PATIENT GUIDE TO THE GAMMA KNIFE
WHAT IS A GAMMA KNIFE?
The Gamma Knife is a machine that focuses a very large amount of
radiation on a very small part of the brain in order to shrink or
destroy that area. Although called radiosurgery, it is not surgery
in the usual sense of the word.
HOW DOES THE GAMMA
The best way to understand the Gamma Knife is to imagine an
entertainer on a stage in Las Vegas. When the entertainer first
comes on stage, the room is entirely dark. Then the spotlights are
turned on, and all intersect on the entertainer. He or she is brightly
illuminated, and all around is extremely dark and can barely be
seen. The Gamma Knife works on a similar principle except instead
of spotlights, there are 201 pencil-thin "spotlights"
of radiation. The spotlights are between 4 and 18 millimeters in
diameter, and all intersect precisely where we want in the brain
with a precision of 1 mm. The intent is to have these beams intersect
at the lesion in your brain that we want to treat; the normal brain
structures around the lesion receive an insignificant amount of
PREPARATION FOR THE
There is little you need to do to prepare for the Gamma Knife.
A few days before the treatment, you are invited to come to the
Gamma Knife Center, at which time you will be given a tour of the
unit. They will familiarize you with the surroundings so that on
the day treatment, all will go as comfortably and smoothly as possible.
THE DAY OF THE GAMMA
We usually ask that you arrive at 6 AM on the day of treatment
so that you can be admitted to the hospital, and fill out the usual
forms. You should not eat anything the day of the Gamma Knife, but
please take all your usual medications with a sip of water upon
leaving for the hospital.
are taken to the Gamma Knife unit. Beverly Ponte and I will put
a metal device on your head. This takes about 5 minutes, and is
called a Leksell frame. It allows us to treat your condition with
great precision. The Leksell frame attaches to your head with one-inch
metal posts. We start by injecting the scalp in the forehead and
behind the ears with Novocaine. We may put a small gauze pad over
your eyes to prevent any irritation should the Novocaine drip into
These metal posts advance to those anesthetized areas, and put pressure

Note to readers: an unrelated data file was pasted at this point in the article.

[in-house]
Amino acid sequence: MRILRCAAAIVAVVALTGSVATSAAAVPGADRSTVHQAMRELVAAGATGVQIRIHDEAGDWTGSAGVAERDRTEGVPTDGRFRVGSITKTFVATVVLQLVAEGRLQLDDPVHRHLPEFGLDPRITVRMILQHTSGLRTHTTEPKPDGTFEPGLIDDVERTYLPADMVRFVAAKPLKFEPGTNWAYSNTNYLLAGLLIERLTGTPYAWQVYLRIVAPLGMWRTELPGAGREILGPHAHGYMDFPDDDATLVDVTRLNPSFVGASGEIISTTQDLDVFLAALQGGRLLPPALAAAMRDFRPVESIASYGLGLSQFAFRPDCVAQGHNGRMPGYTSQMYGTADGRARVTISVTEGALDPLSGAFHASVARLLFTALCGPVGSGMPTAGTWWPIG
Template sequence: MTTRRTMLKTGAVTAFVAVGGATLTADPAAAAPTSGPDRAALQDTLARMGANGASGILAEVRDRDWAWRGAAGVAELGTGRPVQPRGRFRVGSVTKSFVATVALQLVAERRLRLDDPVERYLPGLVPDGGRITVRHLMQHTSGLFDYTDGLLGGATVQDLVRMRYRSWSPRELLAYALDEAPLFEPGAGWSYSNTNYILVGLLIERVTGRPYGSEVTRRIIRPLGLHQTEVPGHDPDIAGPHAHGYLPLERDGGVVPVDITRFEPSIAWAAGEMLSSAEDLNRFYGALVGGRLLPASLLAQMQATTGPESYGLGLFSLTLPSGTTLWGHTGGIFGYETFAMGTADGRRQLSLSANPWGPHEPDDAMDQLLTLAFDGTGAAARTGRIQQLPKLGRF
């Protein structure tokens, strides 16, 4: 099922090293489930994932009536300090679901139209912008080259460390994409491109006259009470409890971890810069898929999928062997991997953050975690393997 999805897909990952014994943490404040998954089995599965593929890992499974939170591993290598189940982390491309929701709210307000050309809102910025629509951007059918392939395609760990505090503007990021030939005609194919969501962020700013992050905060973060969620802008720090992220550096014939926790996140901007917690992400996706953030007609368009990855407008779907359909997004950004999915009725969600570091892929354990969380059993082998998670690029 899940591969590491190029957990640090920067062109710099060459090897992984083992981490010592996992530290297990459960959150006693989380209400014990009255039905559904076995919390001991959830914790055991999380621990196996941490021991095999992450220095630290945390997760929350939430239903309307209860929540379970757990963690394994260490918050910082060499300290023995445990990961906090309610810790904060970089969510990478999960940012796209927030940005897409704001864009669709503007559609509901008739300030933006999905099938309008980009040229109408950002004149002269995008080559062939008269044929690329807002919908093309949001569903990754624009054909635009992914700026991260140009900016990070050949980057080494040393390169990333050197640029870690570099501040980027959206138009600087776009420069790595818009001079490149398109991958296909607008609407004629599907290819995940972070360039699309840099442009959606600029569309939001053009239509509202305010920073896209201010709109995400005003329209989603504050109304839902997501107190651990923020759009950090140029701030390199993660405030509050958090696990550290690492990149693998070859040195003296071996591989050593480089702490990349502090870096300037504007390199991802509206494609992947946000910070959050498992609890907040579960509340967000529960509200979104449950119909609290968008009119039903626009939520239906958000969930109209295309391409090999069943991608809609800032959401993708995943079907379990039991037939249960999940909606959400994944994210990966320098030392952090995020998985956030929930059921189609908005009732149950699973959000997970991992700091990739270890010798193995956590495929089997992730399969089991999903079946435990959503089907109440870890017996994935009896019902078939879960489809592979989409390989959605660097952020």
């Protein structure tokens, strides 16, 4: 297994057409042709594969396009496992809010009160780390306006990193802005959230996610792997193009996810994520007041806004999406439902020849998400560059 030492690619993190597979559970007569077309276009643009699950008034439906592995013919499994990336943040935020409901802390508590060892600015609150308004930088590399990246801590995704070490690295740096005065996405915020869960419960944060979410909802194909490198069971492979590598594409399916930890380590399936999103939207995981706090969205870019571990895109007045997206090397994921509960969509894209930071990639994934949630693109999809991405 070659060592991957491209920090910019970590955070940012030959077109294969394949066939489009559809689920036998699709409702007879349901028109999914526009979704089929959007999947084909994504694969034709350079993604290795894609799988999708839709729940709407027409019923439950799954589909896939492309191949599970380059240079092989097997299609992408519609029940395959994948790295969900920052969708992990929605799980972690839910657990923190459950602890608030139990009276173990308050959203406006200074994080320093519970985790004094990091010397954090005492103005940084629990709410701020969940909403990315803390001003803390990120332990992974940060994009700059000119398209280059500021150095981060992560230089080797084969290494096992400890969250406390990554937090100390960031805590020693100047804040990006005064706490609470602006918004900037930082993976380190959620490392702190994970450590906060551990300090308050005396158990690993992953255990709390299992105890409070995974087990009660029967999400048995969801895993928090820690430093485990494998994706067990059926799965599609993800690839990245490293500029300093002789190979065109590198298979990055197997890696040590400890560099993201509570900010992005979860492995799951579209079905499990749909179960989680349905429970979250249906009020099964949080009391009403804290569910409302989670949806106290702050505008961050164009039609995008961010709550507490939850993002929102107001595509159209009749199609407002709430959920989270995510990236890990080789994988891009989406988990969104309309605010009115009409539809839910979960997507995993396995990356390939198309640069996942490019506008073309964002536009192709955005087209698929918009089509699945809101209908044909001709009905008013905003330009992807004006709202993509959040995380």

against the scalp and head. Putting the Novocaine in is unpleasant,
but this only lasts for a few seconds. When the Leksell frame is
securely in position, you can expect to feel pressure for about
15 minutes, and then it should be comfortable and cause you little
discomfort. You will be transported over to the MRI unit that is
just down the corridor from the Gamma Knife Center.
The MRI study often takes as long as an hour, so sometimes we will
give you some sedation to enable you to sleep through it. After
this, you go to your room where you can read, watch television,
or take a nap.
PREPARATION OF THE
In the next several hours, the images from the studies are transferred
through the communications network to the Gamma Knife planning computer.
Dr. Saris and the physicist then make the treatment plan.
Once the treatment plan
has been finalized, you will be transported to the Gamma Knife unit.
You'll lie on the treatment table and the frame that we placed earlier
is secured to it. You have a microphone and can talk to us at all
times. There is music playing to help pass the time. You may bring
your own music, and we will be glad to play it for you.
The bed you are on will
slide into the Gamma Knife unit itself, and your entire body and
head move up a foot or so to engage with the unit. Undergoing the
gamma treatment is very much like undergoing an MRI. The table moves
you about, but nothing appears to be happening otherwise. The radiation
is odorless and colorless, and you will feel nothing at all as you
are treated. Each treatment lasts for a few minutes as the radiation
is directed to different parts of your lesion. We will tell you
what to expect for each one.
The typical treatment
takes between 15 minutes and two hours. When the last treatment
has been done, the Leksell frame is removed. The areas where the
metal rods posts have come in contact with the skin can be little
tender, but once they are removed should cause only a mild to moderate
ache. We will put Band-Aids on those areas, and may put a small
ACE wrap on your head for an hour or so.
When this has been completed,
you'll go back to your room for observation. You can have something
to eat that afternoon. Then you'll go home later that day. There
is no recovery. Anything you did the day before treatment you can
do the day after. The radiation is long gone by the time you get
to the recovery area after treatment.
My office will call you
in regard to being seen again, and we will arrange more MRIs as
needed. In general, the first MRI is six months after the treatment.
A helpful Web site to look at is www.elekta.com.
This is the company that makes the Gamma Knife. It will give you
helpful links to many other sites.
Stephen Saris M.D.